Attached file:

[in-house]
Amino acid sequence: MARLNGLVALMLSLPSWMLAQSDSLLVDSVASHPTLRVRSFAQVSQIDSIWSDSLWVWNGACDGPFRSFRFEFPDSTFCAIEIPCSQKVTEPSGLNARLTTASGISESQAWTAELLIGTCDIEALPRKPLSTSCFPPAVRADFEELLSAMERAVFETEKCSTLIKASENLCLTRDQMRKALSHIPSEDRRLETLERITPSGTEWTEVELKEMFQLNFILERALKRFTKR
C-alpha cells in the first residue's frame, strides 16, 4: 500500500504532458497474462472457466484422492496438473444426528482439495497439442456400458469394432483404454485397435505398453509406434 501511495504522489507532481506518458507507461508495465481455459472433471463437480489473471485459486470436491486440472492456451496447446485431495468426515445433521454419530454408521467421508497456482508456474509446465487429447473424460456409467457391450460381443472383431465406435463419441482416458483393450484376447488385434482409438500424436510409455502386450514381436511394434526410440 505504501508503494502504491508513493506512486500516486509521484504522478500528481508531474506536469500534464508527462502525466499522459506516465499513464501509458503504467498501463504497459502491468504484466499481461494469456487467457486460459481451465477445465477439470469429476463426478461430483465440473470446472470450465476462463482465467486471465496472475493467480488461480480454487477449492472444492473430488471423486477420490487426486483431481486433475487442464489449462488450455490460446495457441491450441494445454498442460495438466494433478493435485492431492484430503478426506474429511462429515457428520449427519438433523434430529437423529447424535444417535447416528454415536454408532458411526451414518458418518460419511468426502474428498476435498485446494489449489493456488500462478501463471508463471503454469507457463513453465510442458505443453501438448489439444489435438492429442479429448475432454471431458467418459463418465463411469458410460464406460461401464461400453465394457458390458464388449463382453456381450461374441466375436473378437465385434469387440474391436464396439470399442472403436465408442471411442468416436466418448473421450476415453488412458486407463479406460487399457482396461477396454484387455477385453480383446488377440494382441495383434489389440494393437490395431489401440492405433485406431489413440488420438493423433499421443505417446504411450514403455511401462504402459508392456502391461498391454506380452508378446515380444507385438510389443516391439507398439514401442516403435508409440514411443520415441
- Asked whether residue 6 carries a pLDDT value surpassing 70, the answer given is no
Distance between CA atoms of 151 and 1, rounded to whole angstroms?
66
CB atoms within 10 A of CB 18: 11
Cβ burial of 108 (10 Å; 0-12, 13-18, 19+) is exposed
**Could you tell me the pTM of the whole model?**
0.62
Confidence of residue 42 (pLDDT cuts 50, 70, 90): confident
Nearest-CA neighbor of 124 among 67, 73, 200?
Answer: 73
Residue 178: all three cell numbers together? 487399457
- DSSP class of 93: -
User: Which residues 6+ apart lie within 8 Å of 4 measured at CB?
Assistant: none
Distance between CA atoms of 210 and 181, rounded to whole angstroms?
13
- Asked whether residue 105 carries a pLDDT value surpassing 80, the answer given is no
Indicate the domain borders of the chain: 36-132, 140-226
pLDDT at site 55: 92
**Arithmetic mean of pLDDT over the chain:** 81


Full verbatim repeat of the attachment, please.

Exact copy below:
[in-house]
Amino acid sequence: MARLNGLVALMLSLPSWMLAQSDSLLVDSVASHPTLRVRSFAQVSQIDSIWSDSLWVWNGACDGPFRSFRFEFPDSTFCAIEIPCSQKVTEPSGLNARLTTASGISESQAWTAELLIGTCDIEALPRKPLSTSCFPPAVRADFEELLSAMERAVFETEKCSTLIKASENLCLTRDQMRKALSHIPSEDRRLETLERITPSGTEWTEVELKEMFQLNFILERALKRFTKR
C-alpha cells in the first residue's frame, strides 16, 4: 500500500504532458497474462472457466484422492496438473444426528482439495497439442456400458469394432483404454485397435505398453509406434 501511495504522489507532481506518458507507461508495465481455459472433471463437480489473471485459486470436491486440472492456451496447446485431495468426515445433521454419530454408521467421508497456482508456474509446465487429447473424460456409467457391450460381443472383431465406435463419441482416458483393450484376447488385434482409438500424436510409455502386450514381436511394434526410440 505504501508503494502504491508513493506512486500516486509521484504522478500528481508531474506536469500534464508527462502525466499522459506516465499513464501509458503504467498501463504497459502491468504484466499481461494469456487467457486460459481451465477445465477439470469429476463426478461430483465440473470446472470450465476462463482465467486471465496472475493467480488461480480454487477449492472444492473430488471423486477420490487426486483431481486433475487442464489449462488450455490460446495457441491450441494445454498442460495438466494433478493435485492431492484430503478426506474429511462429515457428520449427519438433523434430529437423529447424535444417535447416528454415536454408532458411526451414518458418518460419511468426502474428498476435498485446494489449489493456488500462478501463471508463471503454469507457463513453465510442458505443453501438448489439444489435438492429442479429448475432454471431458467418459463418465463411469458410460464406460461401464461400453465394457458390458464388449463382453456381450461374441466375436473378437465385434469387440474391436464396439470399442472403436465408442471411442468416436466418448473421450476415453488412458486407463479406460487399457482396461477396454484387455477385453480383446488377440494382441495383434489389440494393437490395431489401440492405433485406431489413440488420438493423433499421443505417446504411450514403455511401462504402459508392456502391461498391454506380452508378446515380444507385438510389443516391439507398439514401442516403435508409440514411443520415441
- Asked whether residue 6 carries a pLDDT value surpassing 70, the answer given is no
Distance between CA atoms of 151 and 1, rounded to whole angstroms?
66
CB atoms within 10 A of CB 18: 11
Cβ burial of 108 (10 Å; 0-12, 13-18, 19+) is exposed
**Could you tell me the pTM of the whole model?**
0.62
Confidence of residue 42 (pLDDT cuts 50, 70, 90): confident
Nearest-CA neighbor of 124 among 67, 73, 200?
Answer: 73
Residue 178: all three cell numbers together? 487399457
- DSSP class of 93: -
User: Which residues 6+ apart lie within 8 Å of 4 measured at CB?
Assistant: none
Distance between CA atoms of 210 and 181, rounded to whole angstroms?
13
- Asked whether residue 105 carries a pLDDT value surpassing 80, the answer given is no
Indicate the domain borders of the chain: 36-132, 140-226
pLDDT at site 55: 92
**Arithmetic mean of pLDDT over the chain:** 81